Hem reveals production process behind Max Lamb’s Max Table
Labelled by Hem as the brand’s “functional hero”, the Max Table measures at three metres long – or 118 inches – and was initially crafted from lengths of Douglas fir wood.
More recent iterations of the table have been made from white pigmented ash wood, which is sourced locally and provides even more durability than its Douglas fir predecessor.
While its design may at first appear very simple, said Hem, the Max Table is “deceivingly sophisticated”, and has been crafted with smart assembly and shipping in mind.
Given the brief of designing “a table fit to jump on”, Lamb constructed the table from two main elements: legs with sliding dovetail joints and table-top panels that are held together with a hidden screw mechanism. When the mechanism is tightened the legs are securely clamped into place.
Lamb also designed a matching bench to accompany the table, which follows a similar production process.
The designs were realised in a small family-run workshop on an industrial estate on the outskirts of Padua – a city in the northeast of Italy – that combines advanced manufacturing methods with traditional craft.
“The more time you spend with understanding how proudly produced and impressively engineered the Max Table is, the more your affection for the product increases,” said Hem’s art director Cristina Poelk.
“It becomes something you want to surround yourself with, something that grows with you,” she added.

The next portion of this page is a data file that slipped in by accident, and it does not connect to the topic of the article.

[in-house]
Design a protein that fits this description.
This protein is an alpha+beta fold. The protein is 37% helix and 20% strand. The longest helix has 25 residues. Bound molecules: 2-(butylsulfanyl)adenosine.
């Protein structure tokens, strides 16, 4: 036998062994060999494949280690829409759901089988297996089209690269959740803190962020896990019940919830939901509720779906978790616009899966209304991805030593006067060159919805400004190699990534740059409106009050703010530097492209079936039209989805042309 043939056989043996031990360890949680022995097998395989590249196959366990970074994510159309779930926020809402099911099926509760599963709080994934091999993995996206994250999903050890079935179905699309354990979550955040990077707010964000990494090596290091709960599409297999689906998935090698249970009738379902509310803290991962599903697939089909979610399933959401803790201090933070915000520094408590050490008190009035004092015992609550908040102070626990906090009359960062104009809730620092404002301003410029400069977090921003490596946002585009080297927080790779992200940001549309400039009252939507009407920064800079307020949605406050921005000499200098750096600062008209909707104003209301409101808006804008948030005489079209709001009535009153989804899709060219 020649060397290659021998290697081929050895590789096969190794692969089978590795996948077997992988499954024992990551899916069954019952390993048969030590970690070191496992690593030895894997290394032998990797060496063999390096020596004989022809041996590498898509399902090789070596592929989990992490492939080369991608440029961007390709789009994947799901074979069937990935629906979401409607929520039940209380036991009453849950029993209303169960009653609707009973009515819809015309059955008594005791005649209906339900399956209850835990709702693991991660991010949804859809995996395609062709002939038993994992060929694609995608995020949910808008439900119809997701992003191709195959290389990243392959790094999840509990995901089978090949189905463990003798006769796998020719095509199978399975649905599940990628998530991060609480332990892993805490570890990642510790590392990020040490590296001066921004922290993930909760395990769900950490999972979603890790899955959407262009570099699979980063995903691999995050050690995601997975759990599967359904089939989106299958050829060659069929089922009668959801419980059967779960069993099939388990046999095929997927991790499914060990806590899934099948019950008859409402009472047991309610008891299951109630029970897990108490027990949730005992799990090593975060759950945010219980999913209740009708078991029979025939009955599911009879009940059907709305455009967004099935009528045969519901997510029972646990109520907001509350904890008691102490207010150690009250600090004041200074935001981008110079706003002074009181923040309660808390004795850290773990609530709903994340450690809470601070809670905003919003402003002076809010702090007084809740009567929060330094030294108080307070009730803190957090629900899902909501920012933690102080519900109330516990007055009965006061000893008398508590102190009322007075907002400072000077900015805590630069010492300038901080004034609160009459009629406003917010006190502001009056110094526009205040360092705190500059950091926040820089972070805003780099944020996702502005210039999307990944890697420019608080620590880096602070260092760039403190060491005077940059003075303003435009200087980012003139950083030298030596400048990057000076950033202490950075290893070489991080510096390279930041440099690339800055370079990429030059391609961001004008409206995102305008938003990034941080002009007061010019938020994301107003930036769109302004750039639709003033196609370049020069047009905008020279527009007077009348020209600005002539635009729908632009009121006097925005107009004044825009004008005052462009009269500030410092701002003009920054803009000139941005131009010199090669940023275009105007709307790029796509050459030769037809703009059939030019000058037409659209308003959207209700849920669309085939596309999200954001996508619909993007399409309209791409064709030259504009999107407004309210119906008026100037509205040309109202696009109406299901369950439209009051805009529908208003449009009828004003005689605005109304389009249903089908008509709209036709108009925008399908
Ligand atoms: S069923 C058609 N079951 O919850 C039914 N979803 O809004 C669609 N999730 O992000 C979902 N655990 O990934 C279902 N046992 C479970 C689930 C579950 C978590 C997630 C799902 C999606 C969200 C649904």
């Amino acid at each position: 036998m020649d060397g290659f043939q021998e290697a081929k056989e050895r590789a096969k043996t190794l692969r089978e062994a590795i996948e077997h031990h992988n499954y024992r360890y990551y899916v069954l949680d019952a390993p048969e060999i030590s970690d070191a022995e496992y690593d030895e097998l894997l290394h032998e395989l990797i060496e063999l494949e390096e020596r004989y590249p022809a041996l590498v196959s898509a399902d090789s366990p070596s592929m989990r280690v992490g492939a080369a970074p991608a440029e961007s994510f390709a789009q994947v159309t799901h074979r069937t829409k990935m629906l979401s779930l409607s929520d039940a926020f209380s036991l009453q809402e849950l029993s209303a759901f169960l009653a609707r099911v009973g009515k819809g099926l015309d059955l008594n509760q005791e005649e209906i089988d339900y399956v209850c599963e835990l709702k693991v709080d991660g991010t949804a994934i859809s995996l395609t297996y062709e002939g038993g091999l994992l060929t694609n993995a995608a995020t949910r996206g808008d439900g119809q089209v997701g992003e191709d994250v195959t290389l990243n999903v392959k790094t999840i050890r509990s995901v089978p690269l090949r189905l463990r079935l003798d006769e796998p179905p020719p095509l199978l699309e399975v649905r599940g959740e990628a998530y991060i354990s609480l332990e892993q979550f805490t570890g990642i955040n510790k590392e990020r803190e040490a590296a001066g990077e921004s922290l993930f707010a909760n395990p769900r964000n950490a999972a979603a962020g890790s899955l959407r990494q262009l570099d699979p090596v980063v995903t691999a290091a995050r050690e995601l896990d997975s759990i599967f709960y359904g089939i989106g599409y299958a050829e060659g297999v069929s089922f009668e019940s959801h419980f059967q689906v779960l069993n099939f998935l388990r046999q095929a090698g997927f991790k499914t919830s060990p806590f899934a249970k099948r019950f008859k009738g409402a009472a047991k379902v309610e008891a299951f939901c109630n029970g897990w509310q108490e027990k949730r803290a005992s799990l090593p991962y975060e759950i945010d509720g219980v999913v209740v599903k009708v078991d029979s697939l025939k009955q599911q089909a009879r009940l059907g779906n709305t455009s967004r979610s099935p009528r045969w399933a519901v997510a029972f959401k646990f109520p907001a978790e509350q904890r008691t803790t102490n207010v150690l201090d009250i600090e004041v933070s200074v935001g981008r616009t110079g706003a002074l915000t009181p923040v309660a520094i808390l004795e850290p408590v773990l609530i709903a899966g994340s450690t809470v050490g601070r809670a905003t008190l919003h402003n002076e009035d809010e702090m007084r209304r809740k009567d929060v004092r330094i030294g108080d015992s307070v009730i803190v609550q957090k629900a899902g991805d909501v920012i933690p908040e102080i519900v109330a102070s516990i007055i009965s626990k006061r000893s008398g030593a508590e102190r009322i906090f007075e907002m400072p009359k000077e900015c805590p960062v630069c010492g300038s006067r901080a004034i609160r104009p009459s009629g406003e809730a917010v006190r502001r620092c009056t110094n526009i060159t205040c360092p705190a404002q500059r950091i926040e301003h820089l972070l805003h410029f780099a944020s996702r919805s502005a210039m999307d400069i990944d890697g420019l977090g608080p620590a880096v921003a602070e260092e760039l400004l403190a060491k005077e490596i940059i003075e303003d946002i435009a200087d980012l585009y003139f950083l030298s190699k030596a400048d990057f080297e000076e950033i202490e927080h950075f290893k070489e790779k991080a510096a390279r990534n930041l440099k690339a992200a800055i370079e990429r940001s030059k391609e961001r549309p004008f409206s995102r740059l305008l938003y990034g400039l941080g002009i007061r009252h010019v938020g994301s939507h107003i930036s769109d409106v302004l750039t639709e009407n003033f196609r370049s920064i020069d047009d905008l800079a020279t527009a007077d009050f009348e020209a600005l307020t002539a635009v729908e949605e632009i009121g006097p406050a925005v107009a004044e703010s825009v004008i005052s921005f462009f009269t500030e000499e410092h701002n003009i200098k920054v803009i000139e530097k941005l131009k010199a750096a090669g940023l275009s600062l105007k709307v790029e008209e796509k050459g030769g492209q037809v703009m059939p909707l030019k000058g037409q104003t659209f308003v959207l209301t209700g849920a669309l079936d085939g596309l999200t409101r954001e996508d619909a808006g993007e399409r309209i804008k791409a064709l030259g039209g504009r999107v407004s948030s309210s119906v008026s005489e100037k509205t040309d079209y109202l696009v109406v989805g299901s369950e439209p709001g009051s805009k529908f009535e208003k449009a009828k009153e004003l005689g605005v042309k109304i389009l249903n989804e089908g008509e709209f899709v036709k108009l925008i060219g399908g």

Lamb originally chose to use Douglas fir timber for its “virginal” colour tone and distinctive wood grain, as well as its ability to age well over time after active usage.
“The starting point for any of my designs is the material and my ideas evolve through physical and exploratory processes,” said Lamb.
“With Max Table, I began prototyping with a four-metre-long section of heart oak and became obsessed with the scale, weight and presence of this one fat piece of wood.”
“Max Table represents the power and strength of the Douglas Fir tree from which it is made,” the designer added.
Max Table’s grand size means it is “destined to be a centrepiece” explained Hem, and it is suited to a variety of settings and uses from co-working and conference spaces to restaurants or dinner parties at home.
“With Max Table, our aim was to create a satisfyingly ‘stable table’ which, rather than just being considered as a piece of furniture, becomes part of the architecture of the space it is in,” said Hem founder Petrus Palmér.
This is the second time that Hem has collaborated with Lamb. The brand launched the designer’s Last Stool collection in 2015, comprising a series of colourful stools made from single sheets of metal.
Hem has worked with many well-known designers since it was founded in 2014, including Philippe Malouin and Soft Baroque studio – the latter of which made a Puffy Brick counter for the brand from jesmonite-injected balloons.
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